Since the early 2000s, the country of Nigeria has been suffering from a professional medical human resources problem, struggling to hold onto qualified doctors and nurses within the country. African healthcare in general has been in bona fide third world status with close to 90 percent of the population living well below any first world poverty line. Nigeria is no different.
The Reasons for the Exodus
The factors resulting in little opportunity for Nigerian medical professionals were formally acknowledged by the country in 2002 by then Health Minister Alphonsus Nwosu. However, in 2012, subsequent Health Minister Prof. Onyebuchi Chukwu acknowledged the same problem still existed with more specificity: over 5,000 doctors and nurses from Nigeria work abroad in the US and Europe.
The most obvious influence tends to be economics. Simply working and being licensed as a medical professional in a first world country produces a level of income for the incumbent that is far greater than he would receive in Nigeria. He can conceivably work abroad, go through medical education all over again, and still make enough income to live comfortably and support his family back in Nigeria through wire transfers. Not surprisingly, many travel to do just that.
A second influence, however, involves the ageing of first world country populations. Both the UK and the US are seeing the entry of their Baby Boomer generations into retirement and senior living. That, in turn, means a huge medical demand from one of the largest generations in the last 50 years. The need for medical professionals who can hit the ground running in general health care is tremendous.
Finally, continued improvement in health systems continues to be a priority for first world countries, particularly with better access to treatment, proactive screening and hands-on care. All three elements create a need for more medical staff in high-end medical facilities and environments. The same can’t be said for African healthcare. In fact, many African governments are focused more on utilising natural resources to generate ready cash or dealing with a local civil war. Neither are conducive to boosting African healthcare.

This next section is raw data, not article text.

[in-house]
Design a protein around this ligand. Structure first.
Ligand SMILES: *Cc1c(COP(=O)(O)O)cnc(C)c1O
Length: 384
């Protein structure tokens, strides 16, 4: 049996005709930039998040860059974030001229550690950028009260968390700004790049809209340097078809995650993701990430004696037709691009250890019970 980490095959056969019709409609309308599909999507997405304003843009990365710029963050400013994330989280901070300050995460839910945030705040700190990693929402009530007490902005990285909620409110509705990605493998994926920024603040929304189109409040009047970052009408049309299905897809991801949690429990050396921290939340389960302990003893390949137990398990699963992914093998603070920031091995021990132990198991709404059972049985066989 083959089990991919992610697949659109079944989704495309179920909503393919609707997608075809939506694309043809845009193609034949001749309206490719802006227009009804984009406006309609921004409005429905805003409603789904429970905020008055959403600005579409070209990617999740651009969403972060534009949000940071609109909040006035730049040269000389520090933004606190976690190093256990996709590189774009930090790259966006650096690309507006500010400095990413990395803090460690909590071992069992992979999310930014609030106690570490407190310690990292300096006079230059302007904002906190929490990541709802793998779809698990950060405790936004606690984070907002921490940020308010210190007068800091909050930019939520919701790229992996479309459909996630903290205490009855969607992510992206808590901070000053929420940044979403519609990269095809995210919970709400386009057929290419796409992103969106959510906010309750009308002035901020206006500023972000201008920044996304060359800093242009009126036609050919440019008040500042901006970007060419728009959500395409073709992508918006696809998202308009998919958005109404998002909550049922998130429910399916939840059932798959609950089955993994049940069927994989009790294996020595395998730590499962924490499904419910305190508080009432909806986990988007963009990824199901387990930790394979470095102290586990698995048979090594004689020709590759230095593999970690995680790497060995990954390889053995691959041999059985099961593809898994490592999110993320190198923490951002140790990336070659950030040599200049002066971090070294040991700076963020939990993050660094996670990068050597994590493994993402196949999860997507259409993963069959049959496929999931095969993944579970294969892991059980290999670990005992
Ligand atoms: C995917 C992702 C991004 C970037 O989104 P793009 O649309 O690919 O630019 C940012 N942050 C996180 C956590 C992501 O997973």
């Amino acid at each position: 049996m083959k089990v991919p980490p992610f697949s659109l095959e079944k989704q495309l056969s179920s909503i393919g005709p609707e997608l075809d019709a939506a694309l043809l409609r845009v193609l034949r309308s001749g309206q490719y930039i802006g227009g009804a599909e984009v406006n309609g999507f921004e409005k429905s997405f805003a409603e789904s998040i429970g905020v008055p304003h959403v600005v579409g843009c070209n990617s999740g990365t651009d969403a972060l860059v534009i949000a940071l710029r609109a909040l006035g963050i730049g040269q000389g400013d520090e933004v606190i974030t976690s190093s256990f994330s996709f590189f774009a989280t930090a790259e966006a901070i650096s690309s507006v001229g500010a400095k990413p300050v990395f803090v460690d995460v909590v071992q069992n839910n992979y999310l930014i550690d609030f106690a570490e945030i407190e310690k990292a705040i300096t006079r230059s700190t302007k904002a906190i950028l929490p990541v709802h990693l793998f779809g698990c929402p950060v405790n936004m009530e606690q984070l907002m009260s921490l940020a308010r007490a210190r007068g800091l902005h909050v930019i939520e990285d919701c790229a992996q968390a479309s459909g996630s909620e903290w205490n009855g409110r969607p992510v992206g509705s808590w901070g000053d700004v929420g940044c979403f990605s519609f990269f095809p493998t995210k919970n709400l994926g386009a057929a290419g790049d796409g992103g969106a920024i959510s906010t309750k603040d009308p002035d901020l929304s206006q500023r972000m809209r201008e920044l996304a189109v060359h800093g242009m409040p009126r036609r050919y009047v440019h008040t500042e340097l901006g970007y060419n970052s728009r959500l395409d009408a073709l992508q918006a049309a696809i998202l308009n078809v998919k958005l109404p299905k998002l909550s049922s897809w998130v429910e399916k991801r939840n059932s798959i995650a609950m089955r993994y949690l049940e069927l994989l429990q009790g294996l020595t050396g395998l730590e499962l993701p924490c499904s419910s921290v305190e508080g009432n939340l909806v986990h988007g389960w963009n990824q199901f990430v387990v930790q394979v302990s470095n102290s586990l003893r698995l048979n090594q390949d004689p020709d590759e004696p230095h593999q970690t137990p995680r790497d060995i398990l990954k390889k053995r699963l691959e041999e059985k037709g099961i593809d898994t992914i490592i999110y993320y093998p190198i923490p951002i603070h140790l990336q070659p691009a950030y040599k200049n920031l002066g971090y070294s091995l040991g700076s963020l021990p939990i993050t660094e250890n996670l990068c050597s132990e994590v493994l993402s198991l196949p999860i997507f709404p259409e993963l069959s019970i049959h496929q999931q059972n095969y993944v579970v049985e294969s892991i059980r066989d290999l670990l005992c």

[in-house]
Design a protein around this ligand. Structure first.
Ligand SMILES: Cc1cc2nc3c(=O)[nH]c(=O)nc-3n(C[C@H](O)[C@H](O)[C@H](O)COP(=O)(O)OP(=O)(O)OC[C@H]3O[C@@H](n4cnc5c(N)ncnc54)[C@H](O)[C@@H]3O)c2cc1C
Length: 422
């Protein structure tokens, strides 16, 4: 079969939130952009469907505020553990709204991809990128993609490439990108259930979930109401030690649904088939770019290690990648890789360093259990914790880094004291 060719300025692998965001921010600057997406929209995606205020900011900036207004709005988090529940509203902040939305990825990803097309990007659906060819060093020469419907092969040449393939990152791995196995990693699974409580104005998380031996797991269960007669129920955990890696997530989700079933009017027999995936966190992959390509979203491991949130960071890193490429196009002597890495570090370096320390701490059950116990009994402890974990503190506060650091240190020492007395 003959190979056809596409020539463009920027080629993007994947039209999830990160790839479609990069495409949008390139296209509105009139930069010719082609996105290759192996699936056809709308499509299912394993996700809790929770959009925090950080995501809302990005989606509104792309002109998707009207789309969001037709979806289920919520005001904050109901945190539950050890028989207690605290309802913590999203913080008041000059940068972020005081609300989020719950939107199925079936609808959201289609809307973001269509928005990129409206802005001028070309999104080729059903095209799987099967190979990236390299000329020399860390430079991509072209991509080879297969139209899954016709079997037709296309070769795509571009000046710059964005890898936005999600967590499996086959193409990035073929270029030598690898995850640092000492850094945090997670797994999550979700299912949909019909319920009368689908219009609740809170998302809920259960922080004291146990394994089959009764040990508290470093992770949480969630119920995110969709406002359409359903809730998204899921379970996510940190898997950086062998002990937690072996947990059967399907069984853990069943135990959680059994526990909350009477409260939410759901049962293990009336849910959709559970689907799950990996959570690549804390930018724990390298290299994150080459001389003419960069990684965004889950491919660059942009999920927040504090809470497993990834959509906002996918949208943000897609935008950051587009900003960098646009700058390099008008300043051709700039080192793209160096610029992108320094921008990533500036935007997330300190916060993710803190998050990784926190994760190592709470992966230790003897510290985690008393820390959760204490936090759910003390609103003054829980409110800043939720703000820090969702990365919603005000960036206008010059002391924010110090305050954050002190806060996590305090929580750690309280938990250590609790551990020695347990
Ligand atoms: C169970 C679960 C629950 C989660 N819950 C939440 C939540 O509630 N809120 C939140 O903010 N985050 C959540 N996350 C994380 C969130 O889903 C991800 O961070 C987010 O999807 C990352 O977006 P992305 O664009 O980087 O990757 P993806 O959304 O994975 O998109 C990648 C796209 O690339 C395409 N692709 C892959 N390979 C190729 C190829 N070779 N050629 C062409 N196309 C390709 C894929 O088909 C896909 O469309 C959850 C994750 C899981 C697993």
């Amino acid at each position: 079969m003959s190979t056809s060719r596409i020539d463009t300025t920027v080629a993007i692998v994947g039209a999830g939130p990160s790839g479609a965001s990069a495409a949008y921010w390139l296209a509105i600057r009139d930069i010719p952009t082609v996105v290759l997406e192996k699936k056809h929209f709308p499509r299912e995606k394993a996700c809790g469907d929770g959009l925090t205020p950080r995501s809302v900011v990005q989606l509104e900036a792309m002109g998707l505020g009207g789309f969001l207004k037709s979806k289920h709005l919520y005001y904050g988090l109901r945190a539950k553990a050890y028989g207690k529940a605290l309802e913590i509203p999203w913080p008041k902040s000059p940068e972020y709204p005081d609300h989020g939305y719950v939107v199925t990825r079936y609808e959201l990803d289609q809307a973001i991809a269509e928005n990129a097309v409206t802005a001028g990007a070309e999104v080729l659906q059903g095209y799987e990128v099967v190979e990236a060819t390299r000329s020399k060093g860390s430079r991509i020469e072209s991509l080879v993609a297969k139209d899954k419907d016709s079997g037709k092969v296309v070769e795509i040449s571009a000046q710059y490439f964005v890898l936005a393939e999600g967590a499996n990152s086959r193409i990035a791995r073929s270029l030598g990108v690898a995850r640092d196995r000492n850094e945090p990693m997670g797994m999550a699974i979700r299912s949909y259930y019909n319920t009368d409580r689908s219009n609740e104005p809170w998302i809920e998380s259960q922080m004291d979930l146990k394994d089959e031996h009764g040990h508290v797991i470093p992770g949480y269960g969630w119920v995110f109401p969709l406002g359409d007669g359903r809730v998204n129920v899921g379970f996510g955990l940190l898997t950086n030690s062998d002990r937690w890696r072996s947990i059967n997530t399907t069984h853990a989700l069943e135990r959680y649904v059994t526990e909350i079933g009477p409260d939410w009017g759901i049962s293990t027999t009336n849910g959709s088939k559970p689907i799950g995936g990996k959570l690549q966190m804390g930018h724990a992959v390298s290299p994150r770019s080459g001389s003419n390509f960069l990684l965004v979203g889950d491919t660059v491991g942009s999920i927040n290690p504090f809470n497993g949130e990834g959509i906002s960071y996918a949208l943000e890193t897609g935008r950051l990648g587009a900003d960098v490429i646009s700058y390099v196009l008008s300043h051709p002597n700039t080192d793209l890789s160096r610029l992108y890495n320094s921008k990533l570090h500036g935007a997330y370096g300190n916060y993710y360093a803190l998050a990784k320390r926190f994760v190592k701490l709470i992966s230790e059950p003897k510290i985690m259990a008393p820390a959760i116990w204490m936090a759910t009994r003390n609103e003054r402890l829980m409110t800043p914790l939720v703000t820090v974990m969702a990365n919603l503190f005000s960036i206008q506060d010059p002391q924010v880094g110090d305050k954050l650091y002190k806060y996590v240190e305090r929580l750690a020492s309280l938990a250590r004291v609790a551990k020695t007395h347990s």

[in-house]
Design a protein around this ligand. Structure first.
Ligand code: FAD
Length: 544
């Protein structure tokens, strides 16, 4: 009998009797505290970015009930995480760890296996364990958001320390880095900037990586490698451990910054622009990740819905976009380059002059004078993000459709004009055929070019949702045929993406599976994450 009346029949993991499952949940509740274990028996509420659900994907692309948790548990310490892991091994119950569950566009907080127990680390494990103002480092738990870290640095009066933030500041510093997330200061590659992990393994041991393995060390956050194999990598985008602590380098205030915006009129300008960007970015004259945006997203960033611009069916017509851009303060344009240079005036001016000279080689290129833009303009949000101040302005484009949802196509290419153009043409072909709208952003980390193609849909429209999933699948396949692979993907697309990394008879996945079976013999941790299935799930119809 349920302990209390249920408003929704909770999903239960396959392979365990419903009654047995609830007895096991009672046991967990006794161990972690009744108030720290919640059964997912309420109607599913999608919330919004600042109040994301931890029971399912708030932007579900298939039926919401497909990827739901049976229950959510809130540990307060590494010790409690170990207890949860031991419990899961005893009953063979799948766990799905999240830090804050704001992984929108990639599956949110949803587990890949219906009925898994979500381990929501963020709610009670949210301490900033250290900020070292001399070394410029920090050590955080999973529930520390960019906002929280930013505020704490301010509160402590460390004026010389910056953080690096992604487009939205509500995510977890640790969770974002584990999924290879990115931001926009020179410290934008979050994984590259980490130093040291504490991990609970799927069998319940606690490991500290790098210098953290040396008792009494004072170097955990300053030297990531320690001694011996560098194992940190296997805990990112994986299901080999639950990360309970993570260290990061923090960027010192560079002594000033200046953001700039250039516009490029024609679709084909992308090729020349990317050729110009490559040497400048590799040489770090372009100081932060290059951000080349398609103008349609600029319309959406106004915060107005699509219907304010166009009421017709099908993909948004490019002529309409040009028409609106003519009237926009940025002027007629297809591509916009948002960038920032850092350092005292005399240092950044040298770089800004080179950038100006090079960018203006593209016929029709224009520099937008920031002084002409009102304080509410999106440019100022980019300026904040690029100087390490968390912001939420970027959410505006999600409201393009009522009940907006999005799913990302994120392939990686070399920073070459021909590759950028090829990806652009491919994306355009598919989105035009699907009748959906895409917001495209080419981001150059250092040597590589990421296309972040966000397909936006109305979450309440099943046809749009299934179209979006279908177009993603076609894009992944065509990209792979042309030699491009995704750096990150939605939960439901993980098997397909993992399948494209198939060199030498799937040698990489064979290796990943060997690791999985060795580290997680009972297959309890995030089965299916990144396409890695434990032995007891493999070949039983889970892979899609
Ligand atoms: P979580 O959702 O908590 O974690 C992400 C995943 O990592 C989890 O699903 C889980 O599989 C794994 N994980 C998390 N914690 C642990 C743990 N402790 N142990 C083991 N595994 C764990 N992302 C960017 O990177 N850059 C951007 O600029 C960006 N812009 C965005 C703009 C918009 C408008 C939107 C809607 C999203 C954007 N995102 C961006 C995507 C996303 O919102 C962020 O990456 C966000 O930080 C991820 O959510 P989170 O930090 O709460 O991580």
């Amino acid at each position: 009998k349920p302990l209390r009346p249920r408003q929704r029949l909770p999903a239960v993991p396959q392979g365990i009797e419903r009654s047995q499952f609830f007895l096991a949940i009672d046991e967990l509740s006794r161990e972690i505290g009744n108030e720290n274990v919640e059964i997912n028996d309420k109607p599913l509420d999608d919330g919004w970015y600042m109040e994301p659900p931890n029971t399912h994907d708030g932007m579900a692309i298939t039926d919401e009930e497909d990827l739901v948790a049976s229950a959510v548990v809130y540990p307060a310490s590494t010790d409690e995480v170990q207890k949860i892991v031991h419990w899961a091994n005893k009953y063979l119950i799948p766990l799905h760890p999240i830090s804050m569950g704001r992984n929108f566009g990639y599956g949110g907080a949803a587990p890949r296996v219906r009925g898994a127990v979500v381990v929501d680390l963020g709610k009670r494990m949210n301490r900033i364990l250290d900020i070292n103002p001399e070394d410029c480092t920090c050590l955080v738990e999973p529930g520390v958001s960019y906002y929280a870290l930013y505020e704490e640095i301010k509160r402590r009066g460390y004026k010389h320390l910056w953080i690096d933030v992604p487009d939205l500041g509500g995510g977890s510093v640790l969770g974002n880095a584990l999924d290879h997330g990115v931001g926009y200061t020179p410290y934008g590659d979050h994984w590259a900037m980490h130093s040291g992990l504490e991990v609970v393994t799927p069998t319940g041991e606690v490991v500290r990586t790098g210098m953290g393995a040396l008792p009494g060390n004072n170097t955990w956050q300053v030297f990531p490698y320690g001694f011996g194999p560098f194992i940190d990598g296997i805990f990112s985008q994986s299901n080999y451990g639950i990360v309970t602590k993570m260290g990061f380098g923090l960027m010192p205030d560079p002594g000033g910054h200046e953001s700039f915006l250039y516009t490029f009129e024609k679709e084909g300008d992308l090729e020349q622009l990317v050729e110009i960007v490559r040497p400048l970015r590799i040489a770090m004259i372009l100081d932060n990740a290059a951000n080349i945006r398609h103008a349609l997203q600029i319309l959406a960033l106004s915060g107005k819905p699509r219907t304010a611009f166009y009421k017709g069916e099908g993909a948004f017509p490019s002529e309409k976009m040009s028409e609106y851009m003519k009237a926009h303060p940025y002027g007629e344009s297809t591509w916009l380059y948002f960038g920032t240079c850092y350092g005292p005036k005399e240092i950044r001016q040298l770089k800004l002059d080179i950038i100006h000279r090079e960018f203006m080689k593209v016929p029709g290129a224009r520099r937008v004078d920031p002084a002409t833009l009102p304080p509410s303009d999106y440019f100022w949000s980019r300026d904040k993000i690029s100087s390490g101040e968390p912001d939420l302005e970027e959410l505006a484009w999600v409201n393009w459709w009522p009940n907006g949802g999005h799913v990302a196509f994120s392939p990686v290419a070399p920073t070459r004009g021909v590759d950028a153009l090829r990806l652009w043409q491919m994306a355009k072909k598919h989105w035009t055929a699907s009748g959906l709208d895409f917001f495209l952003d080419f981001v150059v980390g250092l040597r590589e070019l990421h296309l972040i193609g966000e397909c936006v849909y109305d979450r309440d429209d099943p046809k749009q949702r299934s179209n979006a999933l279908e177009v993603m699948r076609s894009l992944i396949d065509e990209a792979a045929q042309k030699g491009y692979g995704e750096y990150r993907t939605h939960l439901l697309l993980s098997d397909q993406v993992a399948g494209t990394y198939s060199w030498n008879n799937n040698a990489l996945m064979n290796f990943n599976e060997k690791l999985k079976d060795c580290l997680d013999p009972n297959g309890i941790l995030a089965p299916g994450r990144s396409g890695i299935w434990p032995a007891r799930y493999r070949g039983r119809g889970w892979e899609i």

The Prevention of the Exodus
For those doctors and nurses that do stay in-country, the urban regions are far more attractive to them due to modern amenities. As a result, while Nigeria has for every 100,000 people a ratio of 13 doctors and 92 nurses, those in the rural areas have only a third of those numbers. A minor gap is filled by aid agencies, but it doesn’t solve a lot of the medical care deficiencies that exist in the country more generally.
Many of the possible reforms to retain more of Nigeria’s medical professional in-country and in the rural areas include financial incentives aimed to boost education and cost of living, including:
- Special education incentives for committing to medical work in rural areas afterwards
- Financial housing support for professionals serving rural areas
- Subsidised in-service advanced training, including tuition and transport to and from courses
- Increased use of retired and non-working professionals available in-country
- Moving more of general care to health workers to augment available professional staff
Deux Projects International and the Future of Nigerian Healthcare
Some have contributed personal resources to helping medical professionals find roles in rural Nigeria and improving African healthcare. Dr. Tunji Olowolafe, the CEO of Deux Projects International, has been helping with the construction and maintenance of hospitals and research facilities, adding to an aggregate improvement of medical standards in Nigeria’s current healthcare system. No one expects full subsidies tomorrow, solving every financial need of medical professionals in Nigeria. However, a number of steps can and are being taken to make it easier for medical professionals to stay where they are needed most in Nigeria and Africa more generally.